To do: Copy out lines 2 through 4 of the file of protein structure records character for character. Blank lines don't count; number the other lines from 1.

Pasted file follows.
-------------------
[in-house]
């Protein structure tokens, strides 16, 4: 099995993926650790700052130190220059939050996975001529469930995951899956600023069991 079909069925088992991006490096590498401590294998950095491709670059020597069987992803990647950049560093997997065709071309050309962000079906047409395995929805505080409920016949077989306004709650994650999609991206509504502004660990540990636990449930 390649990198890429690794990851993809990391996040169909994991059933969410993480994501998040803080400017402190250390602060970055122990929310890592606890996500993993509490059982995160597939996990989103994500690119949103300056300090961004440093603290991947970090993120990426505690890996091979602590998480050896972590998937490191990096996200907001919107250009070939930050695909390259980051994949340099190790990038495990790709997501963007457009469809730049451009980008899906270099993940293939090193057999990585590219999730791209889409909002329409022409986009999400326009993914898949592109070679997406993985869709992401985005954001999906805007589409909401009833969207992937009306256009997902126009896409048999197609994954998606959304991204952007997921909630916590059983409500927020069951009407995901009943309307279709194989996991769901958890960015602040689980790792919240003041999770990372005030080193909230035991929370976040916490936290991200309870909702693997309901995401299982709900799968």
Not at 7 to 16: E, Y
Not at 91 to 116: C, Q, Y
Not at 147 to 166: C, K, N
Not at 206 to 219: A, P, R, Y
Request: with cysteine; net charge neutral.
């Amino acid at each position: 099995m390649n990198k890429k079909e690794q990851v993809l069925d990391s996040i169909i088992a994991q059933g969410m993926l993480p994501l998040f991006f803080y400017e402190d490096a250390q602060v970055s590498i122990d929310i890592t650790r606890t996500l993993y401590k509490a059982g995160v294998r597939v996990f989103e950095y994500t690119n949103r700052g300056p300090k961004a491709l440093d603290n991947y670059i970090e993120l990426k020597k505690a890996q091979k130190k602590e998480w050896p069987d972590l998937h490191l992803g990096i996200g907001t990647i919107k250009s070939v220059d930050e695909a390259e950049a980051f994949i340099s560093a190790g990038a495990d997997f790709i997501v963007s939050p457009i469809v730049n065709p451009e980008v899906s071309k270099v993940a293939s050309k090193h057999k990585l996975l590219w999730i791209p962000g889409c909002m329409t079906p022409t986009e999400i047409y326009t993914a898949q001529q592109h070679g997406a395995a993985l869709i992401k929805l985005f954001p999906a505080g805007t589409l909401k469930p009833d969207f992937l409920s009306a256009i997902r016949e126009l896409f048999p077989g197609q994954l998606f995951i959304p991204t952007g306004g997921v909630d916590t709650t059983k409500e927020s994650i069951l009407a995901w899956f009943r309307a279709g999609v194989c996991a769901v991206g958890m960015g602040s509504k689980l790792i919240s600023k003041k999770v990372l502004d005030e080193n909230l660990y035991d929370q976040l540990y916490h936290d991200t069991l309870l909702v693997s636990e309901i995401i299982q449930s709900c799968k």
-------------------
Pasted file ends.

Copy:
């Protein structure tokens, strides 16, 4: 099995993926650790700052130190220059939050996975001529469930995951899956600023069991 079909069925088992991006490096590498401590294998950095491709670059020597069987992803990647950049560093997997065709071309050309962000079906047409395995929805505080409920016949077989306004709650994650999609991206509504502004660990540990636990449930 390649990198890429690794990851993809990391996040169909994991059933969410993480994501998040803080400017402190250390602060970055122990929310890592606890996500993993509490059982995160597939996990989103994500690119949103300056300090961004440093603290991947970090993120990426505690890996091979602590998480050896972590998937490191990096996200907001919107250009070939930050695909390259980051994949340099190790990038495990790709997501963007457009469809730049451009980008899906270099993940293939090193057999990585590219999730791209889409909002329409022409986009999400326009993914898949592109070679997406993985869709992401985005954001999906805007589409909401009833969207992937009306256009997902126009896409048999197609994954998606959304991204952007997921909630916590059983409500927020069951009407995901009943309307279709194989996991769901958890960015602040689980790792919240003041999770990372005030080193909230035991929370976040916490936290991200309870909702693997309901995401299982709900799968």
Not at 7 to 16: E, Y
Not at 91 to 116: C, Q, Y